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PGM prices struggle to find bullish momentum, but future looks bright for platinum - Bank of America

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(Kitco News) - Platinum Group Metals are not attracting much investor interest even as Russia's war with Ukraine impacts the palladium supply.

Sunday, the British government said it would increase tariffs on platinum and palladium imports from Russia and Belarus in a new package of sanctions aimed to weaken Russia's economy further.

Many analysts have expected sanctions on Russian palladium to impact prices significantly. Russia represents about 40% of the global palladium supply.

Despite the new sanctions, palladium prices continue to test support just above $2,000 an ounce.

Platinum has been less responsive to the new Russian sanctions. Russian platinum represents only about 11% of the total global supply. Platinum prices continue to be capped below resistance at $1,000.

Commodity analysts at Bank of America have lowered their price forecasts for both platinum and palladium despite rising risks to palladium supplies.

The bank sees palladium prices averaging around $2,300 this year, down 27% from its previous forecast. At the same time, Bank of America sees platinum prices averaging the year around $1,195 an ounce, down more than 10% from the previous estimate.

"Notwithstanding macro headwinds, inventories remain low, supporting the metals. Linked to low inventories, prices have also become more volatile," said Michael Widmer, precious metals analyst at the BofA, in his latest report.

While the lack of supply from Russia could help support palladium, Widmer also said that long-term fundamentals are more bullish for platinum.

He said that the growing hydrogen economy will provide long-term support for platinum.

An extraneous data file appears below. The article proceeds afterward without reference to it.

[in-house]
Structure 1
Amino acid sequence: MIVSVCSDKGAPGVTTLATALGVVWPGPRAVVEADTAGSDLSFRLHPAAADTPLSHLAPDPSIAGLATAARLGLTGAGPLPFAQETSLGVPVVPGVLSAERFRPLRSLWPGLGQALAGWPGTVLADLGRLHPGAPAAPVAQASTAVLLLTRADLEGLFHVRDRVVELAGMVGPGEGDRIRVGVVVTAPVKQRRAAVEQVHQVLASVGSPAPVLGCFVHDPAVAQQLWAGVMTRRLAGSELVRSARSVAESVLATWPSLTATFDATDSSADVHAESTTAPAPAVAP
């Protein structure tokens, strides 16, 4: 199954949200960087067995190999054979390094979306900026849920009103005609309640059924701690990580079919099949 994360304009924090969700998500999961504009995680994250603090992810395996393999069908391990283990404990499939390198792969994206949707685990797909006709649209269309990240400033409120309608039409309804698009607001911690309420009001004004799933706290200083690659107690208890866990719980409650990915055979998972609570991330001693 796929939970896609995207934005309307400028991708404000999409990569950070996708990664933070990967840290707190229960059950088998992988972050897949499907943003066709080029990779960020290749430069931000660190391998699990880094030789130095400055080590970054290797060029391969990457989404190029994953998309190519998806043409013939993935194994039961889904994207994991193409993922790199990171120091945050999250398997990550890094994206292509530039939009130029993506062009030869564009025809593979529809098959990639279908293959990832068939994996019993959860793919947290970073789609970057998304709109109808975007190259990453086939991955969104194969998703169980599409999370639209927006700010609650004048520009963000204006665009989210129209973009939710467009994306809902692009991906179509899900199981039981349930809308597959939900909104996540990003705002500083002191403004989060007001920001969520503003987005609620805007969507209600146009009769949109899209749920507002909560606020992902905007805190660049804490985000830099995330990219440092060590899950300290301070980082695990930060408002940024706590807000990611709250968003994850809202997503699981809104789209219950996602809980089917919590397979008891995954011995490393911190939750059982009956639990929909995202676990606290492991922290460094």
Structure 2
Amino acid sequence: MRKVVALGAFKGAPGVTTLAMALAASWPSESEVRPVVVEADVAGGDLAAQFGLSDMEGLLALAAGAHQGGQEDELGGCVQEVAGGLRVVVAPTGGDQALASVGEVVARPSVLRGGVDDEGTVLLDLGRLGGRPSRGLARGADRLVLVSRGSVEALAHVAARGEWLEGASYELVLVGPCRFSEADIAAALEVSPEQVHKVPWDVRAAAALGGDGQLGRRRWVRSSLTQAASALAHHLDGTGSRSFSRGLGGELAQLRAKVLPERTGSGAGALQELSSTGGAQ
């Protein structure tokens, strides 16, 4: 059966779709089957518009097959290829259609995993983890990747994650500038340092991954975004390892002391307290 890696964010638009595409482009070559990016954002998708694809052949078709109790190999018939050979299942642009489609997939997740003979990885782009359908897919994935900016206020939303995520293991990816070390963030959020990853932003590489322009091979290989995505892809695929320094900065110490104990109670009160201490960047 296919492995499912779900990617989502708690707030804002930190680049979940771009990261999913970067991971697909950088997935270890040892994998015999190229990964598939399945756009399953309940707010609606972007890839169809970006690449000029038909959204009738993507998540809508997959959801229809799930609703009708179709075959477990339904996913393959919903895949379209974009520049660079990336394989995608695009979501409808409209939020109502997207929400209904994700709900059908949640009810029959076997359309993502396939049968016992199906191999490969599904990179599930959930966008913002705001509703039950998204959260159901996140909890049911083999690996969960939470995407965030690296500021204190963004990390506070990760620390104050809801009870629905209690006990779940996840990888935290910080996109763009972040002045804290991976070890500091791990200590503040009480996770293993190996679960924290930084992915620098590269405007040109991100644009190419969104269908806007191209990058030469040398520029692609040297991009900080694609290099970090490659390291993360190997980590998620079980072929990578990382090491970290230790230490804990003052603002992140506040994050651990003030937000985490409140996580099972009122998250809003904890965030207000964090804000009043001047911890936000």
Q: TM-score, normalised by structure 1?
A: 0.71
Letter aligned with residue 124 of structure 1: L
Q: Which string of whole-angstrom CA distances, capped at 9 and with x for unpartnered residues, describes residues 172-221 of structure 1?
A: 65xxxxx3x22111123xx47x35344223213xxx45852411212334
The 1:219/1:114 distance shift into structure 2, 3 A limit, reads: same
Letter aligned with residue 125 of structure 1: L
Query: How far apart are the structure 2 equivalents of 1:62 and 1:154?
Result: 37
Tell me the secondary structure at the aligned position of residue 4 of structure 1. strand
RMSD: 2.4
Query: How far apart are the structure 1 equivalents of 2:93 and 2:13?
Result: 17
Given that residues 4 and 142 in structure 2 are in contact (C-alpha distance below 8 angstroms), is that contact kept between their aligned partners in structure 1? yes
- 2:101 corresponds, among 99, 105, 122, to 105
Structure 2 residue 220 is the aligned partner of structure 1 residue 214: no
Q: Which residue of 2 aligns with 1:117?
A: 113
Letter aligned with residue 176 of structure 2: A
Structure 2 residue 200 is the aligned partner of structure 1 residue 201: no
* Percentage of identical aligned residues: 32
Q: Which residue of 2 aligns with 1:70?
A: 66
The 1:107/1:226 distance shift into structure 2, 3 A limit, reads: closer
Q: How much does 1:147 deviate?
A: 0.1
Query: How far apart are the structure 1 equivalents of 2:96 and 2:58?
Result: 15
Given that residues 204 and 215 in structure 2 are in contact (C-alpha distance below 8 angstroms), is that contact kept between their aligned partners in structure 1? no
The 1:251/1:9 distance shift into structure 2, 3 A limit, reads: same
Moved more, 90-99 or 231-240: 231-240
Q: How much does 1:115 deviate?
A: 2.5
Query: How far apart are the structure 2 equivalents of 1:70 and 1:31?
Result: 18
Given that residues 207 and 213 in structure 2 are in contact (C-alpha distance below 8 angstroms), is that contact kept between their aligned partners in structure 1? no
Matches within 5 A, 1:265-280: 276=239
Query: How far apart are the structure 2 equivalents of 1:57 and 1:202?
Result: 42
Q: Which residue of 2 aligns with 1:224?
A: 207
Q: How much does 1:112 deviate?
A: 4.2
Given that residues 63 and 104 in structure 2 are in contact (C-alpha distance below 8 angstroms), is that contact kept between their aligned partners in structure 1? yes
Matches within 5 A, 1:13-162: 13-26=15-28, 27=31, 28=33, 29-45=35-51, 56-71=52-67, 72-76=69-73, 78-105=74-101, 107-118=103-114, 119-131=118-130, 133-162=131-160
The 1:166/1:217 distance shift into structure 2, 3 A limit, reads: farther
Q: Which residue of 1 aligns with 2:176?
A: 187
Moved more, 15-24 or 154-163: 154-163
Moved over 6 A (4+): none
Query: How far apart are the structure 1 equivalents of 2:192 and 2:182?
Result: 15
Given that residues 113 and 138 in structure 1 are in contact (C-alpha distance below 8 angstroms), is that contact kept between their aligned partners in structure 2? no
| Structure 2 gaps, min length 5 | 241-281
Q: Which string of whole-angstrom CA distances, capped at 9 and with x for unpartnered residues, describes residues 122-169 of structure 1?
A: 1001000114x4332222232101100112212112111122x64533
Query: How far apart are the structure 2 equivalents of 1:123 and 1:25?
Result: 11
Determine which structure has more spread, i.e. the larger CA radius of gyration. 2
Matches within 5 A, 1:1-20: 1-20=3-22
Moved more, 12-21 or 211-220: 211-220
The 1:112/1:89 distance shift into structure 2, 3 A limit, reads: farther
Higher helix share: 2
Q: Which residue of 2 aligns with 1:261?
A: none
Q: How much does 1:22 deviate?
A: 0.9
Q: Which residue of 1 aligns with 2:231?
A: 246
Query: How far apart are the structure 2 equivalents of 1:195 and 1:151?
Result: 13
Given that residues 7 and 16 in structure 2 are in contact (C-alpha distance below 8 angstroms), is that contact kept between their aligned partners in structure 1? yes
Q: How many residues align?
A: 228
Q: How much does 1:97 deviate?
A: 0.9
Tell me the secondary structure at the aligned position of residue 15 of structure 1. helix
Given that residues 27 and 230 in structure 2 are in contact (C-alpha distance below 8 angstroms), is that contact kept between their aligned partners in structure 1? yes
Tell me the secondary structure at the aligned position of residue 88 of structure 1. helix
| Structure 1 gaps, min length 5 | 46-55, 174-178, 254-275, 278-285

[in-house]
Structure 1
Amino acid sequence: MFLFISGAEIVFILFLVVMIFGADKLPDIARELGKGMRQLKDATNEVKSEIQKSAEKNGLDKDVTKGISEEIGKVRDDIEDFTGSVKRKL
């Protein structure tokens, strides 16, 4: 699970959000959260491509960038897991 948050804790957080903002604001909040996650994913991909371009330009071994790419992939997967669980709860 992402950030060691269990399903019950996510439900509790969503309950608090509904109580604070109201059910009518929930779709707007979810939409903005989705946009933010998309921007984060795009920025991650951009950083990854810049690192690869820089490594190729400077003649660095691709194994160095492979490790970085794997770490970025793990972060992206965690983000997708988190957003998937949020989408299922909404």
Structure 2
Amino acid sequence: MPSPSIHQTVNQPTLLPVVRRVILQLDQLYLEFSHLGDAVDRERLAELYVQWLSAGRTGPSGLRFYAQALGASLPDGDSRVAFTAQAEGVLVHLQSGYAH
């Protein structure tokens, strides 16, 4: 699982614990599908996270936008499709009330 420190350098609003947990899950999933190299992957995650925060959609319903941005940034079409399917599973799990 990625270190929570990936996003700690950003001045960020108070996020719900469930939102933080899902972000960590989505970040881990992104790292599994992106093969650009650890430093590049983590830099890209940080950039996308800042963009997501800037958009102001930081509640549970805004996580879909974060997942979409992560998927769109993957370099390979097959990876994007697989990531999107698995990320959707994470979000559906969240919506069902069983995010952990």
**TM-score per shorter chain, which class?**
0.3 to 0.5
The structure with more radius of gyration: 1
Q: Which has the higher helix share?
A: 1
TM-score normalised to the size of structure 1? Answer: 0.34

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"While concerns over supply from Russia may be a focus at the moment, demand declines will ultimately reduce the importance of palladium for the global economy. Platinum, predominantly produced by South Africa, and critical for the hydrogen economy will however become more important going forward," he said.

Widmer explained that Russia's invasion of Ukraine had accelerated global plans to develop green energy to decarbonize and establish safe and reliable power. Using green energy to septate water into hydrogen and oxygen could be a reliable source of energy, Widmer explained.

"While hydrogen is predominantly generated from fossil fuels, green electrolysis capacity is expected to accelerate in the coming years," he said. "Based on the current project pipeline, total installed electrolysis capacity could exceed 1GW already this year and 58GW out to 2030."

Widmer said that the growing hydrogen economy could add nearly 300,000 ounces annually to platinum demand within the next ten years.

"This puts platinum on a different trajectory to palladium. While concerns over supply from Russia may be a focus at the moment, demand declines will ultimately reduce the importance of palladium for the global economy," he said.

Disclaimer: The views expressed in this article are those of the author and may not reflect those of Kitco Metals Inc. The author has made every effort to ensure accuracy of information provided; however, neither Kitco Metals Inc. nor the author can guarantee such accuracy. This article is strictly for informational purposes only. It is not a solicitation to make any exchange in commodities, securities or other financial instruments. Kitco Metals Inc. and the author of this article do not accept culpability for losses and/ or damages arising from the use of this publication.